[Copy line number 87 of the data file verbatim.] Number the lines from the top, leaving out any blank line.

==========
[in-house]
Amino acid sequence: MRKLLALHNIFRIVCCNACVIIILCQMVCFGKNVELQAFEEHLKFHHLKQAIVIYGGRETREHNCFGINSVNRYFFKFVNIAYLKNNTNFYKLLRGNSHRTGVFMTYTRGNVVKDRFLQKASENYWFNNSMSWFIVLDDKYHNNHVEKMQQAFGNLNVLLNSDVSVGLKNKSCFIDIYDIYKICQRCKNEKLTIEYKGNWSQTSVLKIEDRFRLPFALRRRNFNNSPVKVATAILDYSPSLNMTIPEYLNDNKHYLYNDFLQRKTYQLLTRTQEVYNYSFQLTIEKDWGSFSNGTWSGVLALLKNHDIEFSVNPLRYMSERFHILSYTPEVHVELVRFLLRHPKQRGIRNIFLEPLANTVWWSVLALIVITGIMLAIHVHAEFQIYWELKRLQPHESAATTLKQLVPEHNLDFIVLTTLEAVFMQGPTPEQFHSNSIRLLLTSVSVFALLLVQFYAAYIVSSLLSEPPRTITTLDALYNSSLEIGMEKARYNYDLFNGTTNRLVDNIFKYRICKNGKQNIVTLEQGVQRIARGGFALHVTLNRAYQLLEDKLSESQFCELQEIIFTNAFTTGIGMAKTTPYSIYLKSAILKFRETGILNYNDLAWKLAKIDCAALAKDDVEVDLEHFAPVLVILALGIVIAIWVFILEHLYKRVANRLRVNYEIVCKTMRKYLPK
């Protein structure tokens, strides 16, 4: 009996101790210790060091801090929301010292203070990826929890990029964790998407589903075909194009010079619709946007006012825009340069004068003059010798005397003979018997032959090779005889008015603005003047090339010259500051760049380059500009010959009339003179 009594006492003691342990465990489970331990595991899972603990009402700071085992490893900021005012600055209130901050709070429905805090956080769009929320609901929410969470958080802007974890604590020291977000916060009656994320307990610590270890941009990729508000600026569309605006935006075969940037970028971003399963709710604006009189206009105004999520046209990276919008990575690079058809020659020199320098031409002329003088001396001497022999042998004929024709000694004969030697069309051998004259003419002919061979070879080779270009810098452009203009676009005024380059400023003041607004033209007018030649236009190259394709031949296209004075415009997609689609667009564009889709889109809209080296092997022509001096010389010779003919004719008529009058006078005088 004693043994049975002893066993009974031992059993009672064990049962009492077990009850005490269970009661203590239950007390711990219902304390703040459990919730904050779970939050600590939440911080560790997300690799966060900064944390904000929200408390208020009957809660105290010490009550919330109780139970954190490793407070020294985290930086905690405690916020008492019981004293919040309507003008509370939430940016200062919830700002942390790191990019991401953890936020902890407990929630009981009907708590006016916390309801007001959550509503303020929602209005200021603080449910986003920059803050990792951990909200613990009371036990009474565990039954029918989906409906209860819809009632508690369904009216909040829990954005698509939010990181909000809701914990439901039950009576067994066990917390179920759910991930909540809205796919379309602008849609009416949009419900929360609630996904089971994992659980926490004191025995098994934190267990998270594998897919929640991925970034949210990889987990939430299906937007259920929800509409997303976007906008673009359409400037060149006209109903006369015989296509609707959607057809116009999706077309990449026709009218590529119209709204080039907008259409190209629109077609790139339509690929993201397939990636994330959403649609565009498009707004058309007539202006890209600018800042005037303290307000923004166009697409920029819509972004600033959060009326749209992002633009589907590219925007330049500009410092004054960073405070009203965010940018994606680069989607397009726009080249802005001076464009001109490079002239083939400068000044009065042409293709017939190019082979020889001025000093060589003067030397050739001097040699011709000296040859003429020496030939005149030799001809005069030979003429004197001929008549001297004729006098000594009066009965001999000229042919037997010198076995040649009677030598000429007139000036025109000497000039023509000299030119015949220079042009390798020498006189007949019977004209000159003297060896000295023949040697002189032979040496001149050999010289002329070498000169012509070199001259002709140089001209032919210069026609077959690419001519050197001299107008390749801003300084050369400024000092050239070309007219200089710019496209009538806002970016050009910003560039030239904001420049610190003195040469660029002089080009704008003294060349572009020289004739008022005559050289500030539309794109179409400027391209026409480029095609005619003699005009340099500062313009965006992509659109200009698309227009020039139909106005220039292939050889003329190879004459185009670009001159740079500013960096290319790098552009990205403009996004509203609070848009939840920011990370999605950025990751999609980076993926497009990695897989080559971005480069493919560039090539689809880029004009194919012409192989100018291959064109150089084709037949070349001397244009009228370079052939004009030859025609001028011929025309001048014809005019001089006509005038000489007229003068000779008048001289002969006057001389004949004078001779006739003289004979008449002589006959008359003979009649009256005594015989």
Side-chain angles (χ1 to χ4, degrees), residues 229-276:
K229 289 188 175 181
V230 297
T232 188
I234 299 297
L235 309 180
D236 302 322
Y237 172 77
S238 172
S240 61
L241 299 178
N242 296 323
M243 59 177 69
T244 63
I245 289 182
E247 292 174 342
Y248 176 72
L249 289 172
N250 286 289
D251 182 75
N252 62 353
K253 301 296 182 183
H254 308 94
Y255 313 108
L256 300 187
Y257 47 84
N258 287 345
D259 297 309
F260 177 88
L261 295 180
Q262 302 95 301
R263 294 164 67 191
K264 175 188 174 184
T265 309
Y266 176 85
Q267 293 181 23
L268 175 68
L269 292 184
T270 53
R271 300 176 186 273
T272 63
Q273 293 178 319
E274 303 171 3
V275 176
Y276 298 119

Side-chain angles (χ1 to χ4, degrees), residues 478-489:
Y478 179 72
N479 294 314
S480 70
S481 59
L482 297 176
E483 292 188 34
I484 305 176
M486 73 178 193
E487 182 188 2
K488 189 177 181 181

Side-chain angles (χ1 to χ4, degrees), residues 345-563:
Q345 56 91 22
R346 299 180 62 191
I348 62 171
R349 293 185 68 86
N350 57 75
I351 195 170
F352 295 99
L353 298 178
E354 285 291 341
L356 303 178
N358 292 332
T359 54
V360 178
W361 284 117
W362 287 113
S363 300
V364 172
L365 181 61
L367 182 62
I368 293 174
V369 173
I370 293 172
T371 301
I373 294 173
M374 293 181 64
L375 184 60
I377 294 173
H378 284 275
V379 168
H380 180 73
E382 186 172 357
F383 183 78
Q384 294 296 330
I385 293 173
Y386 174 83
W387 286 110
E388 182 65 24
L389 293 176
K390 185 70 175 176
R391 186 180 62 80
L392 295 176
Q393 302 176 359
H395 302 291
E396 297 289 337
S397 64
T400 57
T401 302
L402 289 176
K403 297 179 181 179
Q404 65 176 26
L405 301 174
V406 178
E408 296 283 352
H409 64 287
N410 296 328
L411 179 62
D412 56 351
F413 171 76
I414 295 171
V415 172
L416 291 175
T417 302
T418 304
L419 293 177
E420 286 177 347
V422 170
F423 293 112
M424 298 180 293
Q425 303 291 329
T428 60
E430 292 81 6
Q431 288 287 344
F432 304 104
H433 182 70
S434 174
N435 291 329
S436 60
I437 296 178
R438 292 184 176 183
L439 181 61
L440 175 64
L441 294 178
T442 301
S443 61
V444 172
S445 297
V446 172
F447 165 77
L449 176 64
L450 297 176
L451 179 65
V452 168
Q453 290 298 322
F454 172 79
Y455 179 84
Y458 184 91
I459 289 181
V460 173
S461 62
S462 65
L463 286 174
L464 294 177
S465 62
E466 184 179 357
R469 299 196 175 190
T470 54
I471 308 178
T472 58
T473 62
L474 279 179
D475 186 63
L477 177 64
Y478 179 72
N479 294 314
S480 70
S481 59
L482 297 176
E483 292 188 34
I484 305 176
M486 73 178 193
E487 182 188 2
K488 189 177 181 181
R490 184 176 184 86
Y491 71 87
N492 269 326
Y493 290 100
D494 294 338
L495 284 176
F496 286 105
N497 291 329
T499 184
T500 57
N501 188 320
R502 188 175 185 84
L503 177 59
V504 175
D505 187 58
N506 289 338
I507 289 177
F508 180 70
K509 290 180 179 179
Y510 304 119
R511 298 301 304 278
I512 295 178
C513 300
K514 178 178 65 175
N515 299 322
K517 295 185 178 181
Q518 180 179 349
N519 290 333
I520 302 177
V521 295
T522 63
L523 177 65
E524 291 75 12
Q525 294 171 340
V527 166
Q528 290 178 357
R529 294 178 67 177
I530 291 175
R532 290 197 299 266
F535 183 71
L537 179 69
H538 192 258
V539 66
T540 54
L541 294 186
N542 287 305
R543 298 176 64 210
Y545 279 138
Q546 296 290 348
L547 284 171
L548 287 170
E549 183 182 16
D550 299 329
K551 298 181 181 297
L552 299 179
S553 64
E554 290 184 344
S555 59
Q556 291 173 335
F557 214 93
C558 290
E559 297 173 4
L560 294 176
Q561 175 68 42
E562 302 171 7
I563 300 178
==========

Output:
I377 294 173